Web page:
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out of whack unless some wizard or act of some specific person or personal act
has set things off.
Fantasy deals with “monsters.” Rarely does the hero need to understand or deal
with or communicate with these monsters, but rather they perform the role of
gatekeepers or “tests” for the hero, battling him for some prize. While mon-
fantasy stories is to battle these monsters rather than integrate the monsters
into fantasy society.
What Is Science Fiction?
It has been said that the typical place to start a science fiction story is to take one
natural law then break it, and then ask, “What if?” Faster-than-light (FTL) travel
is a classic, oft-repeated example of such an approach, and many stories have been
woven based on the idea of, “What if we could travel to the stars quickly in some
fashion?” There is a comparison between this kind of “classic” sci-fi, which (interest-
ingly enough), is called “hard” sci-fi, with what has been called “soft” sci-fi. Soft sci-fi
is that which is not so fundamentally rooted in the science of it all, but drifts more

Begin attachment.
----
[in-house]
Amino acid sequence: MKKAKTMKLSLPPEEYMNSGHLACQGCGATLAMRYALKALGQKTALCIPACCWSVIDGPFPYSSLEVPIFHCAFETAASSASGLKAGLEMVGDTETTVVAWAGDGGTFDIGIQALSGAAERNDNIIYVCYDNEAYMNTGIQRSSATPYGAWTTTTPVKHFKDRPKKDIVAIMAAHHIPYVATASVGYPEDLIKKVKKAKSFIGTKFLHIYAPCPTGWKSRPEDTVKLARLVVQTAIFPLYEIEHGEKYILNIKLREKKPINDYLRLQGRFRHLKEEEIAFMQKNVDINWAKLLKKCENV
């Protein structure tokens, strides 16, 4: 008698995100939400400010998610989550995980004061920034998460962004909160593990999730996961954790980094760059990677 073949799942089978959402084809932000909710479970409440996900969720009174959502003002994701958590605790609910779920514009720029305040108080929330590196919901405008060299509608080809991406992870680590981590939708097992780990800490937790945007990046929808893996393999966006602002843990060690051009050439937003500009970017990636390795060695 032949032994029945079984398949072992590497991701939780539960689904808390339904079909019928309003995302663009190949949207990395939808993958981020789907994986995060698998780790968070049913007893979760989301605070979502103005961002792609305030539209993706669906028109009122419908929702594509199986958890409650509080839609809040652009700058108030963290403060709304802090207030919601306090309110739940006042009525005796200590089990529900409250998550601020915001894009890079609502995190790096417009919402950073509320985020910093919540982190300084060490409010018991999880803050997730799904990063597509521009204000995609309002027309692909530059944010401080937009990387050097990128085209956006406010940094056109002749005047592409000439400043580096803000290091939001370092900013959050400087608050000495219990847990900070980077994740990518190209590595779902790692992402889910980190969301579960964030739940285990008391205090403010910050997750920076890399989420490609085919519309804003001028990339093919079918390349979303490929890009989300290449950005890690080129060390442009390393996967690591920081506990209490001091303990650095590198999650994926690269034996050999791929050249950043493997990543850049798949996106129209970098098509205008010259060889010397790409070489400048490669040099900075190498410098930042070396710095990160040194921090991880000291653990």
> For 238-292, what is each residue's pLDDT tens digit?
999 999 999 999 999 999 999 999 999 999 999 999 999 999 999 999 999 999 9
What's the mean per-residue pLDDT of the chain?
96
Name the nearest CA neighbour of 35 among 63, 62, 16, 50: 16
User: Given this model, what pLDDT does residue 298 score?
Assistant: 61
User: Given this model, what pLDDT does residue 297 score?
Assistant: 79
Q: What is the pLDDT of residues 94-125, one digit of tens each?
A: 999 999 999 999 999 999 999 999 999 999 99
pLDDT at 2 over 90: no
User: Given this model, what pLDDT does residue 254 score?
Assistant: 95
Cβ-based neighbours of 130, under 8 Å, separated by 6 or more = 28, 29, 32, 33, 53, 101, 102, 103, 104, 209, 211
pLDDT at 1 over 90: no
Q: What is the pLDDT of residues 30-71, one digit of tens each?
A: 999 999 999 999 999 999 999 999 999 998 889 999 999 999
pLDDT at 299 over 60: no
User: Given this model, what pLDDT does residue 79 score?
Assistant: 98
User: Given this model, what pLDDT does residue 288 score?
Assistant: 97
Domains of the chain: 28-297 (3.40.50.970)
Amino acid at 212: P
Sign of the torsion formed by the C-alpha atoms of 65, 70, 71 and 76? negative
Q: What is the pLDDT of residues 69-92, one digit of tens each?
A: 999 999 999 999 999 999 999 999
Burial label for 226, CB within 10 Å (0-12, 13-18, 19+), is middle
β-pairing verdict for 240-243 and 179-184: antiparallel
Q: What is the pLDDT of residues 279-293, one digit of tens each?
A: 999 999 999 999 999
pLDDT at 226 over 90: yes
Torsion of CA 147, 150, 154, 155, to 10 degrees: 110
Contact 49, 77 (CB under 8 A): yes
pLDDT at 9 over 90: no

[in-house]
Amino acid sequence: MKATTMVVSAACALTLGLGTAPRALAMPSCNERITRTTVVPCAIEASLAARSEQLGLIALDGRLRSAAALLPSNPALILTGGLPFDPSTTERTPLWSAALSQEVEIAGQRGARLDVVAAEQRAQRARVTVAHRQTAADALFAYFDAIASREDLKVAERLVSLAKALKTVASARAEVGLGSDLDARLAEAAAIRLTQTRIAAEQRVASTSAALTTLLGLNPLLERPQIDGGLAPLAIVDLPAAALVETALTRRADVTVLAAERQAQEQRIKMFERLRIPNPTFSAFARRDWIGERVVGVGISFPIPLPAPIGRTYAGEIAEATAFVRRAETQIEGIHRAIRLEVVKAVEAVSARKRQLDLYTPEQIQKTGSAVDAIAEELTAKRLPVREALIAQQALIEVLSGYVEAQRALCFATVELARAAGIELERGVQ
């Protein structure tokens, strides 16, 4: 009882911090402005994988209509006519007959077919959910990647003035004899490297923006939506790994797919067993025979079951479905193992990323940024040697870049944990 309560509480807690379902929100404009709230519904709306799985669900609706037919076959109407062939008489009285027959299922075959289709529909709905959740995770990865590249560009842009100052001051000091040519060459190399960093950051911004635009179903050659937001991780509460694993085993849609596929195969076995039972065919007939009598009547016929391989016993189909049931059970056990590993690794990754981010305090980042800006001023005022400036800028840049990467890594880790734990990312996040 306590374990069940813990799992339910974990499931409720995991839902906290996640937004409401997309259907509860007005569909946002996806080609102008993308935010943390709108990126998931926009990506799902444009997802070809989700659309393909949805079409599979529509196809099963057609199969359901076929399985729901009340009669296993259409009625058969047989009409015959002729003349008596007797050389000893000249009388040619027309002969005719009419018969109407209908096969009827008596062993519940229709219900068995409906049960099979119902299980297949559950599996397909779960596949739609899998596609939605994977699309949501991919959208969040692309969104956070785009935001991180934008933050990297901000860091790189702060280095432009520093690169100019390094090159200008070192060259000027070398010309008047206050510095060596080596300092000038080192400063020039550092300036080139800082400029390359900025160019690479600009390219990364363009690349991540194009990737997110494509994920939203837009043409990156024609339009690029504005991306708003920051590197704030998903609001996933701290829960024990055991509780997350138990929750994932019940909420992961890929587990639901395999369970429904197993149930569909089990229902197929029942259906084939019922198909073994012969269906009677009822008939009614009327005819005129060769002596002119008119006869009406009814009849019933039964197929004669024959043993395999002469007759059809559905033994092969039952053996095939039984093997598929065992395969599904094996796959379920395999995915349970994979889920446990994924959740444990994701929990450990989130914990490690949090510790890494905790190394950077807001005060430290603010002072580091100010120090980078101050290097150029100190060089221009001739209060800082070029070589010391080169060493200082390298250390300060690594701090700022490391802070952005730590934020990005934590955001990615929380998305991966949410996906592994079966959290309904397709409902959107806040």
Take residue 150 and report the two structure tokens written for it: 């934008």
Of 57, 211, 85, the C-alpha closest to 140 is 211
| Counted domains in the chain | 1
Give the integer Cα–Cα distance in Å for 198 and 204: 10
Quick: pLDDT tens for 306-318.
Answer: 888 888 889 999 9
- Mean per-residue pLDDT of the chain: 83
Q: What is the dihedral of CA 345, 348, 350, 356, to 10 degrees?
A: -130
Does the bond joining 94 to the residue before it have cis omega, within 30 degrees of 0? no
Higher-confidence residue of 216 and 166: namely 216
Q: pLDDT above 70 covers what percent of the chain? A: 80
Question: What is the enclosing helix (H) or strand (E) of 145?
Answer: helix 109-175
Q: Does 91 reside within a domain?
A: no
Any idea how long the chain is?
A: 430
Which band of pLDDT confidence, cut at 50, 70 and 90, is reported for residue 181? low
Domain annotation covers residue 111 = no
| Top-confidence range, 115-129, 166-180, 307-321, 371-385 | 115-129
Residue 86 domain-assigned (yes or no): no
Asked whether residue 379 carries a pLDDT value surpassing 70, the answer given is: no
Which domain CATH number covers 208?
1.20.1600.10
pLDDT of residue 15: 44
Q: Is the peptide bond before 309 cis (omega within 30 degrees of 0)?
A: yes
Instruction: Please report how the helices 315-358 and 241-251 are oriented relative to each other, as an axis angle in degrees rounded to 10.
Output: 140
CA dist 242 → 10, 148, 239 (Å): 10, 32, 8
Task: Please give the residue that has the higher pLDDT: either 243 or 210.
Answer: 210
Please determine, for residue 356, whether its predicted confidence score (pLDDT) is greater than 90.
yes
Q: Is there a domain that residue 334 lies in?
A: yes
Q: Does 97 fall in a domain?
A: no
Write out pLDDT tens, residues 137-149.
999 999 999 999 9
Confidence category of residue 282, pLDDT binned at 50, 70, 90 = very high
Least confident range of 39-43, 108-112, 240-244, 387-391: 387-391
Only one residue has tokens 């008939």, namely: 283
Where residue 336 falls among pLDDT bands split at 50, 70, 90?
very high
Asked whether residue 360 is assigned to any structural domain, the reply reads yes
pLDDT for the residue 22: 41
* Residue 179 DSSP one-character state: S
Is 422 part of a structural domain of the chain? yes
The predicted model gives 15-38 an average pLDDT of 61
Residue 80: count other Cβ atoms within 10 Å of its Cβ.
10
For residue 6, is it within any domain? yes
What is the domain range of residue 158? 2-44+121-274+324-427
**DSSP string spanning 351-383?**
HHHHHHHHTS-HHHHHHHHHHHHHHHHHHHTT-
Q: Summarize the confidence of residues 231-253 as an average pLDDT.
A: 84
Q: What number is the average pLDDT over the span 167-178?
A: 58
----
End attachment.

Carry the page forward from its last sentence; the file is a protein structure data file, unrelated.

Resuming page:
towards themes and elements of the fantasy story. The Dune series of Frank Herbert
is often classified as soft sci-fi because it takes place in a star-faring society but with
themes that are very fantasy-like. Traditional sci-fi is rooted in the use or breaking of
one of those natural laws.
Sci-fi seems real. Here. Now. It could happen today or tomorrow. Think
of the famous “War of the Worlds” broadcast by Orson Welles. On October
30, 1938, Orson Welles adapted the H. G. Wells sci-fi novel and delivered
it as a “live” radio broadcast. The broadcast was delivered as if it were really
happening that very evening. Even though the novel was decades old (Wells
wrote it in 1898), people were taken in and thought the invasion was actually
happening. Welles warned people that it was fiction but couched it in the
vernacular of a radio news broadcast. Could that have ever happened with a
supposed invasion of dragons or trolls?
When science fiction stories aren't happening now ,theytendtotakeplacein
the future, often using a “future” extrapolating one fundamental change to so-
ciety. “In a post-nuclear holocaust world, one man takes it upon himself to
re-start delivery of the mail,” for example ( The Postman , starring Kevin Cost-
ner). Famous sci-fi author Larry Niven made a career for himself by using this
“what if ” technique, such as: “What if organ transplant technology became
perfected and the demand for organs far exceeded the supply? Would society
begin to increase the crimes for which the death penalty was appropriate pun-
ishment in order to fuel the organ banks?” This question is at the heart of
Niven's Gil Hamilton detective series. It is only very recently (in the last 15
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